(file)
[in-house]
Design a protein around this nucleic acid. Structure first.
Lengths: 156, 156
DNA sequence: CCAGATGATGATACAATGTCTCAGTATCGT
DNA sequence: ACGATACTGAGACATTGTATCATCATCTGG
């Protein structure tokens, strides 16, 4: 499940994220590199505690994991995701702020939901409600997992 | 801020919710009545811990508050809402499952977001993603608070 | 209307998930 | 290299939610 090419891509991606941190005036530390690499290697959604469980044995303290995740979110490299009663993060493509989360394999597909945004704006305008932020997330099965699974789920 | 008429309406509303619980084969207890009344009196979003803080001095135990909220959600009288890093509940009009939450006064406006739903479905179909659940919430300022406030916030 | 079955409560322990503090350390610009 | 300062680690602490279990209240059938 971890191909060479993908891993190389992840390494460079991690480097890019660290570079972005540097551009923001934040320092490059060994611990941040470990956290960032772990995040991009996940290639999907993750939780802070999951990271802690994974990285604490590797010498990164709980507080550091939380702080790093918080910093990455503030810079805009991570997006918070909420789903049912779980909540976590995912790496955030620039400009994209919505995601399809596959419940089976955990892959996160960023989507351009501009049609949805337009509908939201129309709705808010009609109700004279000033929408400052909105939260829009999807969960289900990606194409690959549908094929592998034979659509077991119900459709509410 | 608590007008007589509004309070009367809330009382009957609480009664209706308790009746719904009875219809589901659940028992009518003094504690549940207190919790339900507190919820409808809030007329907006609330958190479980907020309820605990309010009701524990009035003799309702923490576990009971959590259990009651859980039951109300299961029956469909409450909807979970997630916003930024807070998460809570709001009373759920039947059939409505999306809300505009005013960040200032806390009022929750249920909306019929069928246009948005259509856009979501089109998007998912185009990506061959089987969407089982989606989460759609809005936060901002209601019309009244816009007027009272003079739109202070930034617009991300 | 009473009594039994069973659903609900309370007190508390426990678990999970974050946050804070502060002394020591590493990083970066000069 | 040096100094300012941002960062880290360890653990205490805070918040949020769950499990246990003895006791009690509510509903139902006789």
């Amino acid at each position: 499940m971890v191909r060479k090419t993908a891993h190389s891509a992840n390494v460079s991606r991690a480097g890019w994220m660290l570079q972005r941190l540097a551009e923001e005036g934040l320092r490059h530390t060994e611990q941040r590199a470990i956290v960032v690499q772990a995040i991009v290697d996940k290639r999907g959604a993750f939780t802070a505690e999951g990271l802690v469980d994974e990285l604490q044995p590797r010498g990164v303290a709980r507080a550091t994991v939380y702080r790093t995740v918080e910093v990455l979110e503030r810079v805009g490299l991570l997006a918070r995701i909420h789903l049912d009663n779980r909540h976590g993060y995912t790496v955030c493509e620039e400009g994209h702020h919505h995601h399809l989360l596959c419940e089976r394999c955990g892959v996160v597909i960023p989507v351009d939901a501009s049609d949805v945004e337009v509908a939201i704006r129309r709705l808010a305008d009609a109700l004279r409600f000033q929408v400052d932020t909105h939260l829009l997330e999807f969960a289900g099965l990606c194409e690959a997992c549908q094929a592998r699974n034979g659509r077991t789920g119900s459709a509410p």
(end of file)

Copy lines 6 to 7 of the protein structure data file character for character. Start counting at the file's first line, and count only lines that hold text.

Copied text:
């Protein structure tokens, strides 16, 4: 499940994220590199505690994991995701702020939901409600997992 | 801020919710009545811990508050809402499952977001993603608070 | 209307998930 | 290299939610 090419891509991606941190005036530390690499290697959604469980044995303290995740979110490299009663993060493509989360394999597909945004704006305008932020997330099965699974789920 | 008429309406509303619980084969207890009344009196979003803080001095135990909220959600009288890093509940009009939450006064406006739903479905179909659940919430300022406030916030 | 079955409560322990503090350390610009 | 300062680690602490279990209240059938 971890191909060479993908891993190389992840390494460079991690480097890019660290570079972005540097551009923001934040320092490059060994611990941040470990956290960032772990995040991009996940290639999907993750939780802070999951990271802690994974990285604490590797010498990164709980507080550091939380702080790093918080910093990455503030810079805009991570997006918070909420789903049912779980909540976590995912790496955030620039400009994209919505995601399809596959419940089976955990892959996160960023989507351009501009049609949805337009509908939201129309709705808010009609109700004279000033929408400052909105939260829009999807969960289900990606194409690959549908094929592998034979659509077991119900459709509410 | 608590007008007589509004309070009367809330009382009957609480009664209706308790009746719904009875219809589901659940028992009518003094504690549940207190919790339900507190919820409808809030007329907006609330958190479980907020309820605990309010009701524990009035003799309702923490576990009971959590259990009651859980039951109300299961029956469909409450909807979970997630916003930024807070998460809570709001009373759920039947059939409505999306809300505009005013960040200032806390009022929750249920909306019929069928246009948005259509856009979501089109998007998912185009990506061959089987969407089982989606989460759609809005936060901002209601019309009244816009007027009272003079739109202070930034617009991300 | 009473009594039994069973659903609900309370007190508390426990678990999970974050946050804070502060002394020591590493990083970066000069 | 040096100094300012941002960062880290360890653990205490805070918040949020769950499990246990003895006791009690509510509903139902006789």
């Amino acid at each position: 499940m971890v191909r060479k090419t993908a891993h190389s891509a992840n390494v460079s991606r991690a480097g890019w994220m660290l570079q972005r941190l540097a551009e923001e005036g934040l320092r490059h530390t060994e611990q941040r590199a470990i956290v960032v690499q772990a995040i991009v290697d996940k290639r999907g959604a993750f939780t802070a505690e999951g990271l802690v469980d994974e990285l604490q044995p590797r010498g990164v303290a709980r507080a550091t994991v939380y702080r790093t995740v918080e910093v990455l979110e503030r810079v805009g490299l991570l997006a918070r995701i909420h789903l049912d009663n779980r909540h976590g993060y995912t790496v955030c493509e620039e400009g994209h702020h919505h995601h399809l989360l596959c419940e089976r394999c955990g892959v996160v597909i960023p989507v351009d939901a501009s049609d949805v945004e337009v509908a939201i704006r129309r709705l808010a305008d009609a109700l004279r409600f000033q929408v400052d932020t909105h939260l829009l997330e999807f969960a289900g099965l990606c194409e690959a997992c549908q094929a592998r699974n034979g659509r077991t789920g119900s459709a509410p």